These days, every major IT company is looking for its slice of the smart city pie. The likes of IBM, Cisco and even GE have rolled-out programs in that direction, which is understandable, given the projection that annual spending on smart city technology will reach $16b by 2020. But despite the best intentions these companies may have, Usman Haque argues we are going in the wrong direction. Connecting systems and bridging data will not by itself solve tough issues. “The truth is, all of these ‘smart city’ initiatives actually only reflect the most basic functionalities of the Internet of Things (IoT)”. The real problem, according to Haque, is that most of these initiatives are looking for a one-size fits all, top-down strategic approach to sustainability, citizen well-being and economic development. In short, their strategies focus on the city as a single entity, rather than the people—citizens—that bring it to life. It should be going the other way: bottom-up and organic. “The ‘smartness’ of smart cities will not be driven by orders coming from the unseen central government computers of science fiction, dictating the population's actions from afar or defined by one application, or central organising body, that sets pre-programmed limits”. Because it is reconfigured every day, a smart city should help us increase serendipitous connections and should actively and consciously enable us to contribute to data-making and make far better use of data that's already around us. “Smartness is also about creating a flexible system that can dynamically adjust to changes, one that responds to unpredictable phenomena in a way that is not planned, and that harnesses the creative capacity of inhabitants”.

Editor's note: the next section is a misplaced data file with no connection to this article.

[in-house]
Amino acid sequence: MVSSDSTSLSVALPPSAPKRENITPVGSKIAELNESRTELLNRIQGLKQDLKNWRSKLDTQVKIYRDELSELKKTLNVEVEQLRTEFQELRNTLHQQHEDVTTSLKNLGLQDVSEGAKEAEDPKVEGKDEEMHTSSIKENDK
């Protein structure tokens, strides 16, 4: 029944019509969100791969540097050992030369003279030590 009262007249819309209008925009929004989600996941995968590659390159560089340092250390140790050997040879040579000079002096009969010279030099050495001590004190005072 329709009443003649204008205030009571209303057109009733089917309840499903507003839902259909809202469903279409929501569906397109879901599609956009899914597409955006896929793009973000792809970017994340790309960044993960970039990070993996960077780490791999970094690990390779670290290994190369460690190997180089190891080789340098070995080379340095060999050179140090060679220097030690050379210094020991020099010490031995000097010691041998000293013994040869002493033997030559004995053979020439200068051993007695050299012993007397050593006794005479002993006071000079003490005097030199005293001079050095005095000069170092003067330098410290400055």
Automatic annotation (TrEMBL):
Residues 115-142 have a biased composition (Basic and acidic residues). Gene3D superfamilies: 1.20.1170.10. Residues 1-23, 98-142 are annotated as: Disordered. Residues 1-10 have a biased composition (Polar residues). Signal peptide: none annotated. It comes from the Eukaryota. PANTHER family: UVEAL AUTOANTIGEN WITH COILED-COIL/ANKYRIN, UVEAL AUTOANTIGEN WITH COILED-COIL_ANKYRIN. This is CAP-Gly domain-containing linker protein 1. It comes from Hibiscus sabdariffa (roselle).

Of course, corporations and governments have a major role to play in the smart city, in terms of mandating compliance with common frameworks, open standards, structured-data formats, etc. And there are some things that can only be accomplished at that scale, particularly the kind of heavy infrastructural investments that underwrite robust, equal, society-wide access to connectivity. However, empowering citizens to find and build their own solutions dynamically-- like citizen-led air quality monitoring systems (such as the Air Quality Egg)--remains the best approach for the full potential of smart cities to be realised.